Idaho man suffered injury due to defect in Remington R51, lawsuit says


Loading the Remington R51 on the range during what the company called “The Unveiling.” (Photo: Remington/Facebook)

An Idaho man says he was shot in the pelvis due to a defect in a Remington Arms handgun design that allows it to discharge even with the safety engaged, according to a complaint filed in federal court last month.

Richard Corbett, of Lemhi County, Idaho, suffered the injury last June when he inserted a magazine into his Remington R51 pistol and it went off without a trigger pull, the lawsuit says.

The bullet passed through his abdomen and lodged in his pelvis. Due to his injuries, he spent one month in the hospital and required multiple surgeries, the lawsuit says.

In addition to allegations that the gun can discharge without a trigger pull, Corbett is bringing claims against the gun’s safety features as well.

The R51 is equipped with a passive control called a grip safety, which when depressed enables the trigger but when untouched it disables the firing mechanism completely. However, Corbett says the grip safety failed to work.

“Any firearm, including the R51 pistol, that can fire without a trigger pull and when the safety is not disengaged is defective and unreasonably dangerous,” the lawsuit says.

About a month after Corbett says he suffered his injury, Remington issued a product warning about the R51 pistol but cited performance issues rather than a safety defect.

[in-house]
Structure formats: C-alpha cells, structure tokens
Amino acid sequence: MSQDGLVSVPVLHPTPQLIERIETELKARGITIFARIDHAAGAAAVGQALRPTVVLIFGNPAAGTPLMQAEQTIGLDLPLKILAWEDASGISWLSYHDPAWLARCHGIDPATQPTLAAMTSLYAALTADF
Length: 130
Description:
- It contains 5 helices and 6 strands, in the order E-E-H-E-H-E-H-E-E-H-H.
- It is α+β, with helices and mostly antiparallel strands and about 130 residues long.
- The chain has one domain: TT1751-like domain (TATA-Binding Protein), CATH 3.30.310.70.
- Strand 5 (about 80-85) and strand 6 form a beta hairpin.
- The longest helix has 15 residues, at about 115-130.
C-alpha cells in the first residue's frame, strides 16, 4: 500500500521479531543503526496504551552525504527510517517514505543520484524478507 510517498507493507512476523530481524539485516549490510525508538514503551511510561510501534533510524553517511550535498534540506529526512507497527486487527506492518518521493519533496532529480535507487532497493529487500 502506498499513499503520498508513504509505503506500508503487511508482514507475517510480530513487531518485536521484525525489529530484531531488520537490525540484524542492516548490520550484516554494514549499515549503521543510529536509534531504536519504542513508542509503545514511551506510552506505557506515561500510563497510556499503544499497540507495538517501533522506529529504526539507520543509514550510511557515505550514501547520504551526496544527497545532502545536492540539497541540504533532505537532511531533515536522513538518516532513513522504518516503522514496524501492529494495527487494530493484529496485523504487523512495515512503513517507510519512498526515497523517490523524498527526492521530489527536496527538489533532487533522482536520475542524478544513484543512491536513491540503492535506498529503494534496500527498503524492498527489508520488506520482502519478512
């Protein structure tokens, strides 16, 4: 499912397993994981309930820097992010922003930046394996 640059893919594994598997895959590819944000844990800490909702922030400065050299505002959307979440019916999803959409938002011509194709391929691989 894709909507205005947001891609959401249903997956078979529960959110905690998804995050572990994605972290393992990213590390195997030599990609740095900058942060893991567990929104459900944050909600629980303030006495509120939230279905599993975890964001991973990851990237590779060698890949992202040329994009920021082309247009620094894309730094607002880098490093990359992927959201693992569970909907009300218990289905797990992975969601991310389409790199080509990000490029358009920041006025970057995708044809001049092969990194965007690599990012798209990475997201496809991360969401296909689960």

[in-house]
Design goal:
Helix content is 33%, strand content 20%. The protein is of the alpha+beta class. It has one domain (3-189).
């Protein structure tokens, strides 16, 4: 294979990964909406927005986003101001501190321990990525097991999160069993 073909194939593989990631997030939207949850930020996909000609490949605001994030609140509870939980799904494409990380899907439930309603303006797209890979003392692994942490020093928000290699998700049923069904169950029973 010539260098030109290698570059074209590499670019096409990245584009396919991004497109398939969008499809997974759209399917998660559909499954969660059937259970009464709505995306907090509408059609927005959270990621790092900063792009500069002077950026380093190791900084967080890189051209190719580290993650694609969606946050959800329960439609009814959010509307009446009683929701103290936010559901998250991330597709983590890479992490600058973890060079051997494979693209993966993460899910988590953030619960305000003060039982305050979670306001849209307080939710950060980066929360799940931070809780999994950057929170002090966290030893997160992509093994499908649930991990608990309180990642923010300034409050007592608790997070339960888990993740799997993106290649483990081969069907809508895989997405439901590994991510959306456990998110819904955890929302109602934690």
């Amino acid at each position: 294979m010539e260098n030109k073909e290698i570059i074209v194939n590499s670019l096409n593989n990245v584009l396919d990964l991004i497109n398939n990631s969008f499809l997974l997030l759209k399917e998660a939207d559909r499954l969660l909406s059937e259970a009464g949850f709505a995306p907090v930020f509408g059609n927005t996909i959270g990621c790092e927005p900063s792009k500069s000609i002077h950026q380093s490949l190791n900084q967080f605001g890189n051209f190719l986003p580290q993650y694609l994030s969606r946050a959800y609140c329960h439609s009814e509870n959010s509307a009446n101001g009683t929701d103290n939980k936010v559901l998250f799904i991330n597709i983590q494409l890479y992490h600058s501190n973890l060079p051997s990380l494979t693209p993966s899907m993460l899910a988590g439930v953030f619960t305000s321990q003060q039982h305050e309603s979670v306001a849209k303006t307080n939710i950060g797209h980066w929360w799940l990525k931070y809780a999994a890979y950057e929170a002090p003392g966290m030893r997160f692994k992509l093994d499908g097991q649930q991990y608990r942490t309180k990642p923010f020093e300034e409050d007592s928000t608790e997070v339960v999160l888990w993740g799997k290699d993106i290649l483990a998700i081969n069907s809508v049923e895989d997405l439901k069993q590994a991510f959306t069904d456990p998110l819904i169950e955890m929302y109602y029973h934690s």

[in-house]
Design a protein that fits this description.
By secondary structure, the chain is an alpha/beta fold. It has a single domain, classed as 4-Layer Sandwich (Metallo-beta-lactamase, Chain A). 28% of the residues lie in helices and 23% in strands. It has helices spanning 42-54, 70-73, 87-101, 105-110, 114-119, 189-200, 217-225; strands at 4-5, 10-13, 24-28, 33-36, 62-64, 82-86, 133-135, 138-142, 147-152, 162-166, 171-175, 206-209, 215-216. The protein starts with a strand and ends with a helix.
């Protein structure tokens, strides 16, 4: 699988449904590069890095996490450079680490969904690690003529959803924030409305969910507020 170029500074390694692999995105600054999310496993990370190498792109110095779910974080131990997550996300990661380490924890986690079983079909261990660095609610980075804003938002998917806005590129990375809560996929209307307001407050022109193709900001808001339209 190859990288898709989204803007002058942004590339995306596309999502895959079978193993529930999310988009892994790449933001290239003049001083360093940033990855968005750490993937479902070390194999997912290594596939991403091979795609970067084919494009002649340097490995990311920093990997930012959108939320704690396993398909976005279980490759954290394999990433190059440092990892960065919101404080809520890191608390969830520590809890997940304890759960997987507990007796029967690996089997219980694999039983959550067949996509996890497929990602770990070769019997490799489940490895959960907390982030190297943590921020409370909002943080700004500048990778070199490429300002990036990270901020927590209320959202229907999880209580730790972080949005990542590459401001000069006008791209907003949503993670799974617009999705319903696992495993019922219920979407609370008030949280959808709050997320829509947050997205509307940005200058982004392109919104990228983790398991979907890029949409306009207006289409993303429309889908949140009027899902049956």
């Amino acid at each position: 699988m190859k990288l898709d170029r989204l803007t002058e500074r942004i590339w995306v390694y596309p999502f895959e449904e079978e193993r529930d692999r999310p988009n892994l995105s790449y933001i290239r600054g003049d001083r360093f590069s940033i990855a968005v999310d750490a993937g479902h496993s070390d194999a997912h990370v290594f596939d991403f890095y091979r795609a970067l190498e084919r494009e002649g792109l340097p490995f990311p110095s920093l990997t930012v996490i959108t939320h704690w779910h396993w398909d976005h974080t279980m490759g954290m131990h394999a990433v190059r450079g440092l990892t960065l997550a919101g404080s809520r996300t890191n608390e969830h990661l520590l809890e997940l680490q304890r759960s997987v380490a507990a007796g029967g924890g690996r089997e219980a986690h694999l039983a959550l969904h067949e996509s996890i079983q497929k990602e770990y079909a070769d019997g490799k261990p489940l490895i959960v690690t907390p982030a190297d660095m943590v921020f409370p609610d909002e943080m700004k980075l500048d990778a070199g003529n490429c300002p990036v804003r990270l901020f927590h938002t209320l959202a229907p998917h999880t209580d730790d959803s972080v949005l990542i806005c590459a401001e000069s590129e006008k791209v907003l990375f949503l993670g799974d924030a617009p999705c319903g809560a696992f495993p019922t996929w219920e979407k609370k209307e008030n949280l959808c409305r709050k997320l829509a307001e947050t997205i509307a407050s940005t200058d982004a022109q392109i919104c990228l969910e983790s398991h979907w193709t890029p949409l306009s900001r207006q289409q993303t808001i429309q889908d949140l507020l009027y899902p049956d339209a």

“After initial commercial sales, our loyal customers notified us that some R51 pistols had performance issues. We immediately ceased production to re-test the product,” the company wrote in the notice in July 2014, and offered to replace the pistol and include extra accessories.

However, the lawsuit claims that the alleged defects could have been prevented if engineers were given adequate time to develop the design, but instead “rushed the Model R51 into production and released the Model R51 over Remington engineers’ objections.”

The lawsuit suggests adding a small component — “a pin” — to the internal safety mechanism would allow the design to function properly.

“(Remington) was negligent in putting profits ahead of safety in its rush to bring the Model R51 pistol to market,” the lawsuit says.

Corbett is asking the court for special and general damages and court costs.

Remington is no stranger to litigation regarding defective products. For decades the company has been accused of using a defective trigger design in some of its most popular long guns.

Earlier this year Remington agreed to a settlement in a class action suit over the Walker Trigger Control, which has been used to design Remington 700 rifles and Remington 870 shotguns.

Although an exact monetary figure has not been identified, the agreement approved by a Missouri federal judge orders Remington to replace the trigger system in numerous models, which the company has produced millions. Other lawsuits have resulted in the court awarding the plaintiff six figures.

Correction: The gun was not in a holster, according to the complaint. We regret the error.

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